[ CogSci Summaries home | UP | email ]

Graesser, A. & Tipping, P. (1999). Chapter 24: Understanding Texts. In A Companion to Cognitive Science, Bechtel, W. & Graham, G. (eds) Blackwell, Malden MA.

Author of the summary: Debajyoti Pati, 2000, gte811q@prism.gatech.edu

One of the main challenges of cognitive science has been the understanding of the way meaning is constructed during text understanding. It is commonly accepted that during text comprehension people construct a micro-world of characters, objects, spatial layouts, actions, events, emotions, etc.. The important questions relates to the kind of representations involved in this micro world as well as the type of information in those. Dijk & Kintsch (1983) came up with a model involving at least five levels of representations during text comprehension; surface code, textbase, situation model, pregmatic communicative context, and text genre.

The surface code preserves the meaning of the sentences. It does not stay for long in the memory, and experiments have shown that readers remember the surface codes of recent clauses, in most cases. Surface codes could change while retaining the same meaning. The textbase contains explicit propositions with regard to state, event or action. It is always in a reduced format, where the meaning is preserved (but not the surface code). Propositions contain predicates and arguments. In addition, textbases also include a small number of inferences which helps in text coherence by tying up explicit propositions. The situation models are the micro worlds of contents of the text. They include information on characters, objects, spatial settings, events, actions, etc.. In order to create situation models, readers many times go beyond explicit information and create their own interpretations depending on the knowledge available, which scientists term as memory intrusions. Think-aloud protocols, memory data, reading time etc.. have made conclusive proof of memory intrusions available to the researchers. Pragmatic communicative contexts involve an implicit dialogue between the author and the reader, where the communicative exchanges during text comprehension is facilitated through pragmatic principles. Such principles dictate the presence of surface cues which helps in the process of comprehension. Text genres deal with the generic classification of texts into descriptive, narrative, expositional and persuasive categories, with each category following certain structural component and features unique to its class.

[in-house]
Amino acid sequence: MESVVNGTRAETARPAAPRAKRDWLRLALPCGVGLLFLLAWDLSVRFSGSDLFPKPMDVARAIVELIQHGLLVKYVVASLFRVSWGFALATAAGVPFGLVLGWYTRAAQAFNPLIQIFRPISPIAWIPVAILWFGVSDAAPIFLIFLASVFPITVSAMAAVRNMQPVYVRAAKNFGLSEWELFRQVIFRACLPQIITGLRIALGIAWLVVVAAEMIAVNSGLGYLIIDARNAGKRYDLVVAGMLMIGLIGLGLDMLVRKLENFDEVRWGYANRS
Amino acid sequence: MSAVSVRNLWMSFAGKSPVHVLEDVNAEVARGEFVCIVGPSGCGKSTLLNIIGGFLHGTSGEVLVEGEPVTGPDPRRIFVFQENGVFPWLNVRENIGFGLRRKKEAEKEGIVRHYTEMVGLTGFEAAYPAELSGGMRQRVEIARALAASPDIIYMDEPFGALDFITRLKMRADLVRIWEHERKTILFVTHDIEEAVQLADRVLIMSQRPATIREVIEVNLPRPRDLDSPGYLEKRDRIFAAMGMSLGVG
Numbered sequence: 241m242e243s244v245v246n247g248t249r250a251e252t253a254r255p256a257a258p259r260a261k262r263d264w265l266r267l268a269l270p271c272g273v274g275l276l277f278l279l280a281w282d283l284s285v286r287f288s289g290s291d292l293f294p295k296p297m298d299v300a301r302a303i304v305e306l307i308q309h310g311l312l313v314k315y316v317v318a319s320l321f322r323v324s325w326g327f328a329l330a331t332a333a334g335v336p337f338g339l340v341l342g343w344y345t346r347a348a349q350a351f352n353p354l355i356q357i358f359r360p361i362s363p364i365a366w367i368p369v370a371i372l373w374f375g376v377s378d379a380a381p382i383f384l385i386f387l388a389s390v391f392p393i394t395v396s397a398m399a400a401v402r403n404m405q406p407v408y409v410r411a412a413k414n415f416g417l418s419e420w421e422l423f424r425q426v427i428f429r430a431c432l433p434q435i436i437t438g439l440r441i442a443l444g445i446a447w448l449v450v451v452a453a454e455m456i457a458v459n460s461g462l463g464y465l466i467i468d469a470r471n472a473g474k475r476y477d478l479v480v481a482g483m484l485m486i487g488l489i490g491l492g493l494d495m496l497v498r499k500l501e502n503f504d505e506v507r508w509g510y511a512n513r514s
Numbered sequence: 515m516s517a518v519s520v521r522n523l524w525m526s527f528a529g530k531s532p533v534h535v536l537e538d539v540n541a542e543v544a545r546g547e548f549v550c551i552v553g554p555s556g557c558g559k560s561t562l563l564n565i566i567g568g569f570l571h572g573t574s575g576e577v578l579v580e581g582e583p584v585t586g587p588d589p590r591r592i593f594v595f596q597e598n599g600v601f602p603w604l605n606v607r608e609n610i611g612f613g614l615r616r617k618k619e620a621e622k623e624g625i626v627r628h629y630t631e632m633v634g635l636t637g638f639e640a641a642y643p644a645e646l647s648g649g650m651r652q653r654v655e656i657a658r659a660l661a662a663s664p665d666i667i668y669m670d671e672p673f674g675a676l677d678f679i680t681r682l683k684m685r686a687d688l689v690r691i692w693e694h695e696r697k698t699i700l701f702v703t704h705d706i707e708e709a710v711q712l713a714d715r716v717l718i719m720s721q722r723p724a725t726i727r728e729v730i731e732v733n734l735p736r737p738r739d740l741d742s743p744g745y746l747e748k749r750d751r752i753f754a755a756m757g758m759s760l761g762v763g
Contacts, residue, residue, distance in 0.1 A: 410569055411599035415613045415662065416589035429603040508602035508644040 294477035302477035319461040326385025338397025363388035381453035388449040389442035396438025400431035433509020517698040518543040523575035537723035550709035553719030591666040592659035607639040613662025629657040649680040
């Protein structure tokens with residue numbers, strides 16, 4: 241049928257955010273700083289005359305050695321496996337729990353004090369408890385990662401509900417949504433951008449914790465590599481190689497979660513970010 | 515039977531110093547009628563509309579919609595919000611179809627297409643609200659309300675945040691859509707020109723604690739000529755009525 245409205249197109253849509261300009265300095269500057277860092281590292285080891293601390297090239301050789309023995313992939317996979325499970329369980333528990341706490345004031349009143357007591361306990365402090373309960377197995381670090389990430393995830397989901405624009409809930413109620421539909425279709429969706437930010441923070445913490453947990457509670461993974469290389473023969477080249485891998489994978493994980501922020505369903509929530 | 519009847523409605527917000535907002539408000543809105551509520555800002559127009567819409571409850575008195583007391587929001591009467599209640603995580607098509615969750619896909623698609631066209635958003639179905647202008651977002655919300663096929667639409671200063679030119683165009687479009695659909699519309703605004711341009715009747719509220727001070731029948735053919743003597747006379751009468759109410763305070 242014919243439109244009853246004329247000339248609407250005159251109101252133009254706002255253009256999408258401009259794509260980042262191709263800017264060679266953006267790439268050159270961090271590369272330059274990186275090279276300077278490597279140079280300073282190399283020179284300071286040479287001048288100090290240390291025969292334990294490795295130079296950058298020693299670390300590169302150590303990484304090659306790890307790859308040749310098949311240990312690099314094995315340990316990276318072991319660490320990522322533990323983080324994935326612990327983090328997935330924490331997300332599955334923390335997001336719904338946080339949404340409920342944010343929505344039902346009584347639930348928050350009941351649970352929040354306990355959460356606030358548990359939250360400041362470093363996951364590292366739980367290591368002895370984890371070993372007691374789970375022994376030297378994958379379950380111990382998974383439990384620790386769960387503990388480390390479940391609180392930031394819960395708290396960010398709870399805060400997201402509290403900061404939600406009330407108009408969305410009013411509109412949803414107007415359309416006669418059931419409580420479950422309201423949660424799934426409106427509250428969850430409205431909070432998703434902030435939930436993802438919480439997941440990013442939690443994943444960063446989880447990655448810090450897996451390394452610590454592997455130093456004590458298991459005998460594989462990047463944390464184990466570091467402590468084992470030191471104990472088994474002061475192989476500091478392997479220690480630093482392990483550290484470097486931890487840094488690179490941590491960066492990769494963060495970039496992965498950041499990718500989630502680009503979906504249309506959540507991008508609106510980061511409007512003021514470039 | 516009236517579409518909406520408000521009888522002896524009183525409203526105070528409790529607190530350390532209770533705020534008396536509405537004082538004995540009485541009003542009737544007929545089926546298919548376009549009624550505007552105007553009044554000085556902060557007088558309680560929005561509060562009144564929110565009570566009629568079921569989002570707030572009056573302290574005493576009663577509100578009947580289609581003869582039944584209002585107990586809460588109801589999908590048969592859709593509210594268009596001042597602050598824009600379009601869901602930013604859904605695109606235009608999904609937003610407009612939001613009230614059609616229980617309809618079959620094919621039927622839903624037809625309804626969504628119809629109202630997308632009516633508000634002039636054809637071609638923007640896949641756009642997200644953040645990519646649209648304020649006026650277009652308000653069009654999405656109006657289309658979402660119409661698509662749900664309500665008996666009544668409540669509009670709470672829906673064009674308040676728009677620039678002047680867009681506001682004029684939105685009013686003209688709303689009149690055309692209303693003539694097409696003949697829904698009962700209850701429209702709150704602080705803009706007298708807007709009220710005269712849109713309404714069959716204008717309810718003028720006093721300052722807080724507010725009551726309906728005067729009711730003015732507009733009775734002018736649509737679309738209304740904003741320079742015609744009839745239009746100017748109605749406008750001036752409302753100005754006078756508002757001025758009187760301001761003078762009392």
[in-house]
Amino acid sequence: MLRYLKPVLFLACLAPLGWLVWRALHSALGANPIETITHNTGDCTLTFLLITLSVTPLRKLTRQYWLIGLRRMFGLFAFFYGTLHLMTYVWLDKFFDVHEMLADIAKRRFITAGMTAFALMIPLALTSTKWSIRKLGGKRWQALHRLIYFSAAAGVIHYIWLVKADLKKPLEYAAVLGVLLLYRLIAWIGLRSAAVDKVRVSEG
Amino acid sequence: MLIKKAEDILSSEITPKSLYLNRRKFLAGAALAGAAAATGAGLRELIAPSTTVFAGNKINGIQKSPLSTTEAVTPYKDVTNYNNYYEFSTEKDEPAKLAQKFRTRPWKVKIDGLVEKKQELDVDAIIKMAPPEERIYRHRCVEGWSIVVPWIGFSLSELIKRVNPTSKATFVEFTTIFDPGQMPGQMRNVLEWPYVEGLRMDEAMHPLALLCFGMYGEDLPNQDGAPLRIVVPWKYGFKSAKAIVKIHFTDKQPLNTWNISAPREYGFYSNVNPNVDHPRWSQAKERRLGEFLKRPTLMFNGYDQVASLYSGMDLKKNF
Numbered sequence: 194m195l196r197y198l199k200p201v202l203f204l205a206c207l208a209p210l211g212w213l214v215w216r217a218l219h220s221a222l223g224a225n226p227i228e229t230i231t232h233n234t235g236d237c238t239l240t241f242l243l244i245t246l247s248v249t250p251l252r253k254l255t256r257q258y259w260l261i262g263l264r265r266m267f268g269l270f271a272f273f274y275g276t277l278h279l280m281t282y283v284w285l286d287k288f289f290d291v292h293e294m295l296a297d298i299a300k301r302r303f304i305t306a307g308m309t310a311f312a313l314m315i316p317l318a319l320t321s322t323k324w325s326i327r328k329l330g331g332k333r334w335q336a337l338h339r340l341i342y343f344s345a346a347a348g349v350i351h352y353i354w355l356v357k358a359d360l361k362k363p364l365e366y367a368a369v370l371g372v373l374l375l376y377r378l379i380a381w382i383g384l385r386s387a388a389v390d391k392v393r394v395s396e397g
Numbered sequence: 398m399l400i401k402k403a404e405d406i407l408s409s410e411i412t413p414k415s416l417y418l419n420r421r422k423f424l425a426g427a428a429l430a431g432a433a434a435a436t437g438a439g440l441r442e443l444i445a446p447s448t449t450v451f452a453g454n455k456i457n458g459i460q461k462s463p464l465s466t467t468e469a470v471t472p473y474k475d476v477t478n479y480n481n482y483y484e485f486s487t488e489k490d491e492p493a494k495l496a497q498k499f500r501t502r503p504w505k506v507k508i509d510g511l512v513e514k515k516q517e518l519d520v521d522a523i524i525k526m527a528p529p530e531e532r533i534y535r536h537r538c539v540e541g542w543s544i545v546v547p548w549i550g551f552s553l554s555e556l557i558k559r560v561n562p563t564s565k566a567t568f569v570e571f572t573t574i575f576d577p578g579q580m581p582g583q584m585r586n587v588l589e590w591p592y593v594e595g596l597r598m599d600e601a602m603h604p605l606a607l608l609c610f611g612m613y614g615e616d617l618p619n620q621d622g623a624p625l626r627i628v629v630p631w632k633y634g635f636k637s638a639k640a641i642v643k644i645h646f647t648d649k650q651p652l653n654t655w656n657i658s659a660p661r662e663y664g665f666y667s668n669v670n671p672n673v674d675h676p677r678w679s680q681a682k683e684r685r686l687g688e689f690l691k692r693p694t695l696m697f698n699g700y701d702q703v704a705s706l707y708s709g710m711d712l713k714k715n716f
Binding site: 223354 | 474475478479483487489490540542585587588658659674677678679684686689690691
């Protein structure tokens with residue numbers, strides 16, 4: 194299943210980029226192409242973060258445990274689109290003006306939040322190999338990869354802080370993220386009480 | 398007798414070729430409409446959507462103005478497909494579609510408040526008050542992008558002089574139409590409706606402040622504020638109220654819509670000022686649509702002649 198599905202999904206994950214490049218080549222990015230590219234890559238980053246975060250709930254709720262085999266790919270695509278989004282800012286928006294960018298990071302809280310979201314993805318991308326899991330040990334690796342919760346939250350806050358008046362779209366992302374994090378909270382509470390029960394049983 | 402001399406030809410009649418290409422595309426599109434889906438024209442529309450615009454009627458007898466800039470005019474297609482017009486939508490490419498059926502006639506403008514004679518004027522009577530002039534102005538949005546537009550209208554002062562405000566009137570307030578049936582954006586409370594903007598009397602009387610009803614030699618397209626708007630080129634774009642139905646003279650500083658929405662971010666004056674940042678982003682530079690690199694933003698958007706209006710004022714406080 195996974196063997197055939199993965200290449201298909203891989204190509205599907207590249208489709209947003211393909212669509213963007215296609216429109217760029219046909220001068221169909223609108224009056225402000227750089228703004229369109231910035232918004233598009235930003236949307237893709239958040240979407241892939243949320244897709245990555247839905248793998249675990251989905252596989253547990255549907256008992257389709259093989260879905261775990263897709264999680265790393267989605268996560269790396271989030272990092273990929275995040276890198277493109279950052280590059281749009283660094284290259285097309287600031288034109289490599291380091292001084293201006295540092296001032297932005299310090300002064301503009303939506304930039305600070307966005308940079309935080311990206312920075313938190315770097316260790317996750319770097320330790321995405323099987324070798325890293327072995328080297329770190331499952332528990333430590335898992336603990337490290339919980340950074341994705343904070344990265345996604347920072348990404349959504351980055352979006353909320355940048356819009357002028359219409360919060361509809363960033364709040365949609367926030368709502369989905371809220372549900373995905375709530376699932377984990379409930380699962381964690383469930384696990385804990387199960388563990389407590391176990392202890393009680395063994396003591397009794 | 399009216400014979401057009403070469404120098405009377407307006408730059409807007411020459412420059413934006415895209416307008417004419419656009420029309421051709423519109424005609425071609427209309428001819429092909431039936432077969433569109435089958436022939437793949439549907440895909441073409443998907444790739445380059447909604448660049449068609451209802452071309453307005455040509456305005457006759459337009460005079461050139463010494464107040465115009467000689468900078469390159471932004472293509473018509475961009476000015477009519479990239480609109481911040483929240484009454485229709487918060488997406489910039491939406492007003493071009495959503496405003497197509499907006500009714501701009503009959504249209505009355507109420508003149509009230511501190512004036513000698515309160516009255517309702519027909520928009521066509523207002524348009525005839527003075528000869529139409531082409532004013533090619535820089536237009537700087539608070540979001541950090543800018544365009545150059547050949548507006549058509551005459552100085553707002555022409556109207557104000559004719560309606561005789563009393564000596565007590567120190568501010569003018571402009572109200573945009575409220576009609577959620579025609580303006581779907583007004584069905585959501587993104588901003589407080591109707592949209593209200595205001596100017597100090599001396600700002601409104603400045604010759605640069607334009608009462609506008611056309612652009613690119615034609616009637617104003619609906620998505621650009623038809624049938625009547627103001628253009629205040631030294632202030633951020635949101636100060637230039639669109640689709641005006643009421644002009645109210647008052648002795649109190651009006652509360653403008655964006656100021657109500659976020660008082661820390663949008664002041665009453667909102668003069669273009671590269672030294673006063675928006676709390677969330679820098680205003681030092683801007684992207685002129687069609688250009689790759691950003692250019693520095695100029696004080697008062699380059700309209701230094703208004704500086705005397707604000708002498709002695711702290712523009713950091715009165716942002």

The kind of inference readers construct during the process of text comprehension has been a matter of debate. One position, called the "promiscuous inference generation hypothesis", proposes that the inferences constructed include the goals and plans that motivate characters" actions, character traits, characters" knowledge, character emotions, causes and consequences of events etc., which in essence constructs a kind of video image of the situation model in the mind. The reader, according to this hypothesis, generate thousand of inferences for each text segment. The model, however, seems unreal considering the high volume of information involved with it. During 1980s Roger Schank proposed a computer model that was based on scripts. They argued that inference generation involves accessing and using information stored in natural packages of world knowledge (scripts, stereotypes etc.). However, the model is not well tested. A third hypothesis called the "minimal hypothesis" was proposed by McKoon & Ratcliff (1992) as an alternative to the first model but, once again, the model lacks test data in realistic scenario. It is believed that a more realistic model lies somewhere between the two extremes. Graesser (1990) proposed the constructionist theory which argues that four assumptions determine the class of inference generated during comprehension; reader goals, convergence and constraint satisfaction, explanations, and local and global coherence. None of the hypotheses, however, have succeeded so far in providing a realistic model.

Back to the Cognitive Science Summaries homepage
Cognitive Science Summaries Webmaster:
JimDavies (jim@jimdavies.org)
Last modified: Wed Apr 26 10:28:15 EDT 2000